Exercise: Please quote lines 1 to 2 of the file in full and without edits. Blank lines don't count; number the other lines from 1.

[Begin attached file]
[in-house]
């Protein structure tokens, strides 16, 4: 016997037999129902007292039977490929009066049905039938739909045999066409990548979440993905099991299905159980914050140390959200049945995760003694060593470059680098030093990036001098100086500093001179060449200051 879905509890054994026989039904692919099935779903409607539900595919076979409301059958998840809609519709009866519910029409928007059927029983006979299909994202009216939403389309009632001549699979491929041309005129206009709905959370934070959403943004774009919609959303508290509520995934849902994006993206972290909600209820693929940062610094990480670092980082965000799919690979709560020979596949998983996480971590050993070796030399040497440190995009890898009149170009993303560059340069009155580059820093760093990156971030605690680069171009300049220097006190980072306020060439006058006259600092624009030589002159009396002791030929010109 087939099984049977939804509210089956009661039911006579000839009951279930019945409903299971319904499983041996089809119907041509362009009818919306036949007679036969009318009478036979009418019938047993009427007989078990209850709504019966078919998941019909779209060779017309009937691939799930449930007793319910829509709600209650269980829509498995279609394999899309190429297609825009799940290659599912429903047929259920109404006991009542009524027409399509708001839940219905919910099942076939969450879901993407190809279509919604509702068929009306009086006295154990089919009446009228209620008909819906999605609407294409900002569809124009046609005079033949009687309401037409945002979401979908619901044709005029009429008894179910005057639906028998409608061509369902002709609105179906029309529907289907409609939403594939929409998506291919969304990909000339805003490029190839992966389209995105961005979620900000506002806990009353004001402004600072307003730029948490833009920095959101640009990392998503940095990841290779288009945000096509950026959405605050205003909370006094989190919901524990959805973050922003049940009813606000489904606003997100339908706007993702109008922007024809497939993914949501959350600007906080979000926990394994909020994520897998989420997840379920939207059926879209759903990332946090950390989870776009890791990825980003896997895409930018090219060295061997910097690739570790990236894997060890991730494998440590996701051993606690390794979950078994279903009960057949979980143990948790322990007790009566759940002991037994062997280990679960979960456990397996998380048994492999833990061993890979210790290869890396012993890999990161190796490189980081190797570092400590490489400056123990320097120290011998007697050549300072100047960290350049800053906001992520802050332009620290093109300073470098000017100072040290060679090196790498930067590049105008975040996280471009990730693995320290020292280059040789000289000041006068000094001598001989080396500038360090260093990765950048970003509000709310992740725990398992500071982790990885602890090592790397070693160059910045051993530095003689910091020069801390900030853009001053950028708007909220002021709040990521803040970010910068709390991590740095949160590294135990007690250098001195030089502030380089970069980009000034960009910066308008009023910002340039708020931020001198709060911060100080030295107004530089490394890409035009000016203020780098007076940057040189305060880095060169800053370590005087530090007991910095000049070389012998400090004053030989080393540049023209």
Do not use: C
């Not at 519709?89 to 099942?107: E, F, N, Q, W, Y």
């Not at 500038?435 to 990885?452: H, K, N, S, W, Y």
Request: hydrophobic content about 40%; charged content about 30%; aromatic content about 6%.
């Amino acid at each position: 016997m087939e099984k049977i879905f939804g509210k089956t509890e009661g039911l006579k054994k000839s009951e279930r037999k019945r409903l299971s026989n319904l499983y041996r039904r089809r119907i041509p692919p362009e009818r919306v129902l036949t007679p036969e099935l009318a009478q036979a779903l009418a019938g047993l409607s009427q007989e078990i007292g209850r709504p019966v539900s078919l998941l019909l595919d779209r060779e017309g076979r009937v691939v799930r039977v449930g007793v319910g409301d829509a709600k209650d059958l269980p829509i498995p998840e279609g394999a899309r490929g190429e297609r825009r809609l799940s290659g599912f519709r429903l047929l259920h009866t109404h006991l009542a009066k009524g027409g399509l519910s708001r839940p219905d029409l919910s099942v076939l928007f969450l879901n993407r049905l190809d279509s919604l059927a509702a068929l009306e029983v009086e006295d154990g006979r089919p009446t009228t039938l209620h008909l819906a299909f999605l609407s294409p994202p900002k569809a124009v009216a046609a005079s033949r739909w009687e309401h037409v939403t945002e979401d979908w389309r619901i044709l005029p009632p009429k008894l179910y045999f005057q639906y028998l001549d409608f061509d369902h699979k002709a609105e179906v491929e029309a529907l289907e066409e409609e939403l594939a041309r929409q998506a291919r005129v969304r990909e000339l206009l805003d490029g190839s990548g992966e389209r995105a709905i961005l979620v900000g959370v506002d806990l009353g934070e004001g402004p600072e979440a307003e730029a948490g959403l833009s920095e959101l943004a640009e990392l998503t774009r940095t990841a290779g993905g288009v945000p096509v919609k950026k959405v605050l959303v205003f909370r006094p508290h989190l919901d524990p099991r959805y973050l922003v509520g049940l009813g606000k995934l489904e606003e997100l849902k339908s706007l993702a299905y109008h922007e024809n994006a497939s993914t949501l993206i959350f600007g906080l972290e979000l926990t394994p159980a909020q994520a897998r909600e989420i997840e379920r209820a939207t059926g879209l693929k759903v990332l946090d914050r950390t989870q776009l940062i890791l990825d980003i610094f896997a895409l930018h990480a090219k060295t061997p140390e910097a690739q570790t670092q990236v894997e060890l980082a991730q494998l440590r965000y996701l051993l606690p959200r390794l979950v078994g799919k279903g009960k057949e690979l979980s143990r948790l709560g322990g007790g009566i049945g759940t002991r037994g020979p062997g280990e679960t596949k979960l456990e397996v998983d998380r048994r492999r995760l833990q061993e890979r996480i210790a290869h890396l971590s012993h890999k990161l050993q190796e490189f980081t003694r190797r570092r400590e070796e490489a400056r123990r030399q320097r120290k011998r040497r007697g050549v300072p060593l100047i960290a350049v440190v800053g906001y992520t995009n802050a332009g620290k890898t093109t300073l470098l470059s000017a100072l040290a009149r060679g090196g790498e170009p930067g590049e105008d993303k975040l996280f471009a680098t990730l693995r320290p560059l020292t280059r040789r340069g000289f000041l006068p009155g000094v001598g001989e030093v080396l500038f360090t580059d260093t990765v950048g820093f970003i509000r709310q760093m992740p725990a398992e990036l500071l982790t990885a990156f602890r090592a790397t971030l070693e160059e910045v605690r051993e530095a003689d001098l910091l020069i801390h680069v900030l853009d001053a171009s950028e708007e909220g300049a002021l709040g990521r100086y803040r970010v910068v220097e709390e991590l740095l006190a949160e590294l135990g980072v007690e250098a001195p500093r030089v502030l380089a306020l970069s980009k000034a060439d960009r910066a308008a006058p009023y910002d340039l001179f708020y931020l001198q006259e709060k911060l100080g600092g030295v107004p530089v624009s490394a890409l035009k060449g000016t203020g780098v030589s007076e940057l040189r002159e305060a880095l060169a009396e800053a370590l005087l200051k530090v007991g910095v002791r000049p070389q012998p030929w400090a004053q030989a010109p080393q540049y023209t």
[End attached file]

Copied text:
[in-house]
């Protein structure tokens, strides 16, 4: 016997037999129902007292039977490929009066049905039938739909045999066409990548979440993905099991299905159980914050140390959200049945995760003694060593470059680098030093990036001098100086500093001179060449200051 879905509890054994026989039904692919099935779903409607539900595919076979409301059958998840809609519709009866519910029409928007059927029983006979299909994202009216939403389309009632001549699979491929041309005129206009709905959370934070959403943004774009919609959303508290509520995934849902994006993206972290909600209820693929940062610094990480670092980082965000799919690979709560020979596949998983996480971590050993070796030399040497440190995009890898009149170009993303560059340069009155580059820093760093990156971030605690680069171009300049220097006190980072306020060439006058006259600092624009030589002159009396002791030929010109 087939099984049977939804509210089956009661039911006579000839009951279930019945409903299971319904499983041996089809119907041509362009009818919306036949007679036969009318009478036979009418019938047993009427007989078990209850709504019966078919998941019909779209060779017309009937691939799930449930007793319910829509709600209650269980829509498995279609394999899309190429297609825009799940290659599912429903047929259920109404006991009542009524027409399509708001839940219905919910099942076939969450879901993407190809279509919604509702068929009306009086006295154990089919009446009228209620008909819906999605609407294409900002569809124009046609005079033949009687309401037409945002979401979908619901044709005029009429008894179910005057639906028998409608061509369902002709609105179906029309529907289907409609939403594939929409998506291919969304990909000339805003490029190839992966389209995105961005979620900000506002806990009353004001402004600072307003730029948490833009920095959101640009990392998503940095990841290779288009945000096509950026959405605050205003909370006094989190919901524990959805973050922003049940009813606000489904606003997100339908706007993702109008922007024809497939993914949501959350600007906080979000926990394994909020994520897998989420997840379920939207059926879209759903990332946090950390989870776009890791990825980003896997895409930018090219060295061997910097690739570790990236894997060890991730494998440590996701051993606690390794979950078994279903009960057949979980143990948790322990007790009566759940002991037994062997280990679960979960456990397996998380048994492999833990061993890979210790290869890396012993890999990161190796490189980081190797570092400590490489400056123990320097120290011998007697050549300072100047960290350049800053906001992520802050332009620290093109300073470098000017100072040290060679090196790498930067590049105008975040996280471009990730693995320290020292280059040789000289000041006068000094001598001989080396500038360090260093990765950048970003509000709310992740725990398992500071982790990885602890090592790397070693160059910045051993530095003689910091020069801390900030853009001053950028708007909220002021709040990521803040970010910068709390991590740095949160590294135990007690250098001195030089502030380089970069980009000034960009910066308008009023910002340039708020931020001198709060911060100080030295107004530089490394890409035009000016203020780098007076940057040189305060880095060169800053370590005087530090007991910095000049070389012998400090004053030989080393540049023209």